Thursday, September 28, 2006
Tachy pulse, respirations shallow, blood pressure falling: The state of health insurace.
Excerpts from the Democratic Policy Committee
September 27, 2006
American families continue to struggle to find affordable health coverage. Yesterday, the Kaiser Family Foundation and the Health Research and Educational Trust released their annual survey of employer health benefits ...
Average annual premiums for family coverage have escalated to $11,480, an increase of 81 percent since 2000, when family premiums were $6,348.
Average annual premiums for single coverage have escalated to $4,242, an increase of 75 percent since 2000, when family [single?] premiums were $2,424.
The number of uninsured Americans rose to 46.6 million in 2005, an increase of almost seven million since 2000. (U.S. Census Bureau, August 2006) Lack of health insurance has serious health consequences: the uninsured are more likely to forego needed care, receive fewer preventive services, not receive appropriate care to manage chronic disease, obtain substandard care when admitted to a hospital, and are more likely to die prematurely. (Institute of Medicine, May 2002)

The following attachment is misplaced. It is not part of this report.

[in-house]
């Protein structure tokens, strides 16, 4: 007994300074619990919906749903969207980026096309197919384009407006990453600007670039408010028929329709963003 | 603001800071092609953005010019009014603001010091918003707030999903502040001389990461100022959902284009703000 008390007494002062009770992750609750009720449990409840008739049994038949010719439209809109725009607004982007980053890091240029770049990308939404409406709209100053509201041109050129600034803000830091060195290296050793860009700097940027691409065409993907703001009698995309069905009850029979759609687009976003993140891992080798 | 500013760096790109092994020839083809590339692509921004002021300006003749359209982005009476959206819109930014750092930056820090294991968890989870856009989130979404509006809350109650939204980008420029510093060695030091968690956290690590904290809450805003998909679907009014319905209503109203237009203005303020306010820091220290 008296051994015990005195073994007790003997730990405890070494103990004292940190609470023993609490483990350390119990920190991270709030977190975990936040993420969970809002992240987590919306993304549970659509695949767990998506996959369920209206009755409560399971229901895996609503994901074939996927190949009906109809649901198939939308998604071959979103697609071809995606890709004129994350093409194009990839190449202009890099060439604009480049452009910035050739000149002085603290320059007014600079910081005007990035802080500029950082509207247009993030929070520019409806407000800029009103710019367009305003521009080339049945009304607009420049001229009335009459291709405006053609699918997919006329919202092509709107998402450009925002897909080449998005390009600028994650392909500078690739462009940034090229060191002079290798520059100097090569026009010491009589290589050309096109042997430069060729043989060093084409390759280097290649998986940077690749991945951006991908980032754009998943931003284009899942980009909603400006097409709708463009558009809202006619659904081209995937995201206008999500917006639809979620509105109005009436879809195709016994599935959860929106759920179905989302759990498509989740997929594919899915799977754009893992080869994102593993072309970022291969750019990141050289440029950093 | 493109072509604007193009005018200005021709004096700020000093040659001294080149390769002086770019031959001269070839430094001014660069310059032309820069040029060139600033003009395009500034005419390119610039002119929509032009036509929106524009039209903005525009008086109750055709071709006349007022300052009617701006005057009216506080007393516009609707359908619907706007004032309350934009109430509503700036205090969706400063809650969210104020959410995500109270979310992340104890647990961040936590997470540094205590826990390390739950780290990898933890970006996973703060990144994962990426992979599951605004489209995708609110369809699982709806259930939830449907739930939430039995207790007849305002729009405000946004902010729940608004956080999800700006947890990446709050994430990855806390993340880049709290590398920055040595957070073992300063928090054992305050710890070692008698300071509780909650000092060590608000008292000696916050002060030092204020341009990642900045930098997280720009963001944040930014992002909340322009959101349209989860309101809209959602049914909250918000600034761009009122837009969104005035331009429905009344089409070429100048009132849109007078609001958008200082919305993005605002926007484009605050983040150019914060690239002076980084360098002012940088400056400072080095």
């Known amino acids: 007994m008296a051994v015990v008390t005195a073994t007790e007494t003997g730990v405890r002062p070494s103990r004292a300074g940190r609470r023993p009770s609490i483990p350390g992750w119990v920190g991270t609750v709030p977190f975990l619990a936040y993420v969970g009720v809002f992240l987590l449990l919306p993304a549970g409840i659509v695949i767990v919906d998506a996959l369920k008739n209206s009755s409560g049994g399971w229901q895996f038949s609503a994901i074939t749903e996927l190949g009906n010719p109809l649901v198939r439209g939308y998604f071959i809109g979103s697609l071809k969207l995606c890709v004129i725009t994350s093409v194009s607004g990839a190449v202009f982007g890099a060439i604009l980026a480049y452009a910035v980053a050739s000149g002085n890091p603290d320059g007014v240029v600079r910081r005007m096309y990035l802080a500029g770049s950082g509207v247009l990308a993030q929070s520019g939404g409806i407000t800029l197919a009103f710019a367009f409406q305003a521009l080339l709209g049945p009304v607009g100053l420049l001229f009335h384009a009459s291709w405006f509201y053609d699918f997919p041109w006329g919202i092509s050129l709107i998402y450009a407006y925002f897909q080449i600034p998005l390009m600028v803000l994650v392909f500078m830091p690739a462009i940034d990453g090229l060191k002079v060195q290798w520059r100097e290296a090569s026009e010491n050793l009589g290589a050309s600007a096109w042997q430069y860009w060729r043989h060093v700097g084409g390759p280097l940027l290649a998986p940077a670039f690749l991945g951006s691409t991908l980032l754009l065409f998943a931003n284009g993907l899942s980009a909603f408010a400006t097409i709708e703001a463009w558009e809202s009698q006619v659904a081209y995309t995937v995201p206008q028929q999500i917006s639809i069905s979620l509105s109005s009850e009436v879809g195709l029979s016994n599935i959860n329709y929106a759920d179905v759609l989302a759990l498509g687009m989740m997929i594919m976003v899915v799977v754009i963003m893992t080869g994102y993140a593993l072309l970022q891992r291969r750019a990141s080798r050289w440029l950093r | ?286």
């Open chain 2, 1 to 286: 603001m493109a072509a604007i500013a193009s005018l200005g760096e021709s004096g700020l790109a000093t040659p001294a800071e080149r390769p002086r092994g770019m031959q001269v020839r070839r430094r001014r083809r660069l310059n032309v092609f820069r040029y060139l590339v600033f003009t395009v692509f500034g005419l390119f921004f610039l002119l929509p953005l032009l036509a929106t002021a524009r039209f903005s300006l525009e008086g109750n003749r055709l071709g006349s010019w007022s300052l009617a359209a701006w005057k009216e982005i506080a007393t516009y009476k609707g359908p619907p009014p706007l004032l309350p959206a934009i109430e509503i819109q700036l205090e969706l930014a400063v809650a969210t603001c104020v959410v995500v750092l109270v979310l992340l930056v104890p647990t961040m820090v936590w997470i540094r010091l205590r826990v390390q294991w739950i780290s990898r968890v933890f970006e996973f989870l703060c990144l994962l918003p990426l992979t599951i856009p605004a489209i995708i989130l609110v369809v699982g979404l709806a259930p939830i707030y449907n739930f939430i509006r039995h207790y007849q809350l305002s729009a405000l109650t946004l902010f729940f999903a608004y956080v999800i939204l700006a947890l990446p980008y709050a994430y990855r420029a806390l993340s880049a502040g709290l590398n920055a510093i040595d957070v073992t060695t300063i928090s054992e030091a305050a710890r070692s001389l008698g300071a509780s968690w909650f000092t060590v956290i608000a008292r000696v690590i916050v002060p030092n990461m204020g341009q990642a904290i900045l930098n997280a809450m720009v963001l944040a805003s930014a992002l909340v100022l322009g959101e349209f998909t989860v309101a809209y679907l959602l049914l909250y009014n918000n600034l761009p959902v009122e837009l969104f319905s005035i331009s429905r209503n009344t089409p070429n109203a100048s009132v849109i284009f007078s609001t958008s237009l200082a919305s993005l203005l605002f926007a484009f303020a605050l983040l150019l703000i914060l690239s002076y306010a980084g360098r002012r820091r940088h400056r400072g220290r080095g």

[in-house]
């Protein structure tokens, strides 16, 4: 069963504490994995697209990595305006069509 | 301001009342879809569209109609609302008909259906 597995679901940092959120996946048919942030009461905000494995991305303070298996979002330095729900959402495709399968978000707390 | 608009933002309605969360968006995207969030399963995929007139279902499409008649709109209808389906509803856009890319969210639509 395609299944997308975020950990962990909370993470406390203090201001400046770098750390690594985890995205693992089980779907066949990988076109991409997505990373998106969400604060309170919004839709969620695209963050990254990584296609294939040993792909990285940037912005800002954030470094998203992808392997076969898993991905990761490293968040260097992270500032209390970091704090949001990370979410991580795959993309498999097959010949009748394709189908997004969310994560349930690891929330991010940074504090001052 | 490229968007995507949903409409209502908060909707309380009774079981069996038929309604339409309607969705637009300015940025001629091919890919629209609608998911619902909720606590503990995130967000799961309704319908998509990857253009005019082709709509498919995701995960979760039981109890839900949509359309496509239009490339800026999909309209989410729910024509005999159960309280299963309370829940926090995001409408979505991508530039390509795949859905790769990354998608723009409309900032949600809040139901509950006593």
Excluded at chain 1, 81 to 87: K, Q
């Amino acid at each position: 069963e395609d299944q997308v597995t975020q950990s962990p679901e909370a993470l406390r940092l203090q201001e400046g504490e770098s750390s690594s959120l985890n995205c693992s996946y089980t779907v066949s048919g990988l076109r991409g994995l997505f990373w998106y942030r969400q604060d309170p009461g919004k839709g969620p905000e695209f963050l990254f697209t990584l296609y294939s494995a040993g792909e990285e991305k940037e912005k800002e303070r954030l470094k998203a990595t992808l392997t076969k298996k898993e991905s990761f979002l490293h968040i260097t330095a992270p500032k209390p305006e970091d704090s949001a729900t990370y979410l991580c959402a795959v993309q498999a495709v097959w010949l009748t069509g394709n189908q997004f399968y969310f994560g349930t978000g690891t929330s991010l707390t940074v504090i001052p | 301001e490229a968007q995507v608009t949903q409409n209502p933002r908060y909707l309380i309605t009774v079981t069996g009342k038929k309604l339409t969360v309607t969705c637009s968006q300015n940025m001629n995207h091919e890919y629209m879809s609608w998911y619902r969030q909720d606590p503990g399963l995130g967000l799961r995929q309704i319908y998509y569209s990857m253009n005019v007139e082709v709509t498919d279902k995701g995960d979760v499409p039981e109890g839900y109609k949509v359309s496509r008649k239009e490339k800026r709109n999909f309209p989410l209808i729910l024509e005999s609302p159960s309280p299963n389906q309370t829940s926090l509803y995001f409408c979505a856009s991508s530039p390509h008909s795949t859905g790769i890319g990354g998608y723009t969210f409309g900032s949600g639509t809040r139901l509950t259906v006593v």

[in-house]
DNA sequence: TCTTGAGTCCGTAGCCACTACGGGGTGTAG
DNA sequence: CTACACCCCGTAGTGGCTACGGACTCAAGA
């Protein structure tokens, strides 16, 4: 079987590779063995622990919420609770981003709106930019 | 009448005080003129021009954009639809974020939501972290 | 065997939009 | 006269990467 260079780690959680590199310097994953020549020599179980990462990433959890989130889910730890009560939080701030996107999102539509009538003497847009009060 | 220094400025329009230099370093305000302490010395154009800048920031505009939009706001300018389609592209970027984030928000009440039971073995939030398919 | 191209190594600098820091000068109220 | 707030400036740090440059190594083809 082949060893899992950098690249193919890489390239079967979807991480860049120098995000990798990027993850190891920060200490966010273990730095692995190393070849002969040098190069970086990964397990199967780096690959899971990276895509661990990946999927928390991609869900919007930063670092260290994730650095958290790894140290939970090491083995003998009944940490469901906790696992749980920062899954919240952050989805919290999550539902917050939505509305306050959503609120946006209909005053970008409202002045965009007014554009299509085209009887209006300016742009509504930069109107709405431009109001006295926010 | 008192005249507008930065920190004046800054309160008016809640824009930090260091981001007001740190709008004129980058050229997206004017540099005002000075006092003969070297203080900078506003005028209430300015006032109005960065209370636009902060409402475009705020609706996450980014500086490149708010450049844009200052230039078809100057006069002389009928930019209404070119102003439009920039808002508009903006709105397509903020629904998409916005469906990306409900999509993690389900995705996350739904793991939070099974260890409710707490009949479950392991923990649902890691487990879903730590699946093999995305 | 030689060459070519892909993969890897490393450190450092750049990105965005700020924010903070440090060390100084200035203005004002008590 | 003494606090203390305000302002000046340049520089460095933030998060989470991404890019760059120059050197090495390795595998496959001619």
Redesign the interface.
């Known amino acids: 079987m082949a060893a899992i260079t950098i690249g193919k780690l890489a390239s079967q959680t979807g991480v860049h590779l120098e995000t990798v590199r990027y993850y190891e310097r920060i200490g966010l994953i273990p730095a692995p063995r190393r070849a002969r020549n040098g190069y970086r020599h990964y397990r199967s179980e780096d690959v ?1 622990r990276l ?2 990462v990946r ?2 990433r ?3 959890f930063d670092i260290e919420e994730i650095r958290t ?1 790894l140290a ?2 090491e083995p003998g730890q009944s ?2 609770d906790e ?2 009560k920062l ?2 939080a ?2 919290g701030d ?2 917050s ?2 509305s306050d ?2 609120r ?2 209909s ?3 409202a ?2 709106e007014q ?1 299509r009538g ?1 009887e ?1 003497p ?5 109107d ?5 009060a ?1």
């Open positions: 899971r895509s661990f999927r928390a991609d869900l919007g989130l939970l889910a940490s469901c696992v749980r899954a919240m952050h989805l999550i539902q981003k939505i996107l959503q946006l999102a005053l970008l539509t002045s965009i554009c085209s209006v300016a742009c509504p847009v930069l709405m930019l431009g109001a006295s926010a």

On top of the 46.6 million uninsured Americans, about 16 million people are underinsured, which means their health coverage does not adequately protect them from catastrophic health care expenses. Underinsured Americans are almost as likely as the uninsured to not receive needed medical care. (Schoen et al., Health Affairs, June 14, 2005)
In addition to impeding access to care, rising health costs increase the chances that patients will receive large medical bills they simply cannot pay. Medical reasons – such as illness or injury or large uncovered medical bills – contribute to about 46 percent of personal bankruptcy filings. (Himmelstein et al., Health Affairs, February 2, 2005)
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